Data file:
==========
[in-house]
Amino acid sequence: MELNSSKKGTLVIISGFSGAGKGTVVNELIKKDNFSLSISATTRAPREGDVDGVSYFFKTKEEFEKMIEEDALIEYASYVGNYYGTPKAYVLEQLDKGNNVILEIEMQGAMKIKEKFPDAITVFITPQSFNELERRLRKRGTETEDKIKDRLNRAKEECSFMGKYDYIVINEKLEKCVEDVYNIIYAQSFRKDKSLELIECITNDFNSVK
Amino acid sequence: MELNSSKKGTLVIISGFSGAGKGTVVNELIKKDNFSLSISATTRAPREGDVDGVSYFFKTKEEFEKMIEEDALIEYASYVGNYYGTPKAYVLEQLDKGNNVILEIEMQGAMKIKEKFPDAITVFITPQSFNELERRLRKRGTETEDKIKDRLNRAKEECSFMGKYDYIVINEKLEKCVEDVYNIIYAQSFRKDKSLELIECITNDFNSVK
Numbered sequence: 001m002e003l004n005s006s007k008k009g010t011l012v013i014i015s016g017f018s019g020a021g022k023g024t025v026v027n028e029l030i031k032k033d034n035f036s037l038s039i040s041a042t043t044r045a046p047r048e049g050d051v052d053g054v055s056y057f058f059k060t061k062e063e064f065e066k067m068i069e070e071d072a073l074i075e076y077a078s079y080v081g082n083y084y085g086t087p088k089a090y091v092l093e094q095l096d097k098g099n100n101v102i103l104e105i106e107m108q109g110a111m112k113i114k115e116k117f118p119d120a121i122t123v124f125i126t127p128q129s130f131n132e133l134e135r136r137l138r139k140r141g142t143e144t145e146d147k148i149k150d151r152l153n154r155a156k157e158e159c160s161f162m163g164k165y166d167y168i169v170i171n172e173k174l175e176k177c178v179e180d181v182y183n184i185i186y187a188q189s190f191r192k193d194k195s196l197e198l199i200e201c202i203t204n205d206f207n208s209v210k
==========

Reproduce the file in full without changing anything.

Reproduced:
[in-house]
Amino acid sequence: MELNSSKKGTLVIISGFSGAGKGTVVNELIKKDNFSLSISATTRAPREGDVDGVSYFFKTKEEFEKMIEEDALIEYASYVGNYYGTPKAYVLEQLDKGNNVILEIEMQGAMKIKEKFPDAITVFITPQSFNELERRLRKRGTETEDKIKDRLNRAKEECSFMGKYDYIVINEKLEKCVEDVYNIIYAQSFRKDKSLELIECITNDFNSVK
Amino acid sequence: MELNSSKKGTLVIISGFSGAGKGTVVNELIKKDNFSLSISATTRAPREGDVDGVSYFFKTKEEFEKMIEEDALIEYASYVGNYYGTPKAYVLEQLDKGNNVILEIEMQGAMKIKEKFPDAITVFITPQSFNELERRLRKRGTETEDKIKDRLNRAKEECSFMGKYDYIVINEKLEKCVEDVYNIIYAQSFRKDKSLELIECITNDFNSVK
Numbered sequence: 001m002e003l004n005s006s007k008k009g010t011l012v013i014i015s016g017f018s019g020a021g022k023g024t025v026v027n028e029l030i031k032k033d034n035f036s037l038s039i040s041a042t043t044r045a046p047r048e049g050d051v052d053g054v055s056y057f058f059k060t061k062e063e064f065e066k067m068i069e070e071d072a073l074i075e076y077a078s079y080v081g082n083y084y085g086t087p088k089a090y091v092l093e094q095l096d097k098g099n100n101v102i103l104e105i106e107m108q109g110a111m112k113i114k115e116k117f118p119d120a121i122t123v124f125i126t127p128q129s130f131n132e133l134e135r136r137l138r139k140r141g142t143e144t145e146d147k148i149k150d151r152l153n154r155a156k157e158e159c160s161f162m163g164k165y166d167y168i169v170i171n172e173k174l175e176k177c178v179e180d181v182y183n184i185i186y187a188q189s190f191r192k193d194k195s196l197e198l199i200e201c202i203t204n205d206f207n208s209v210k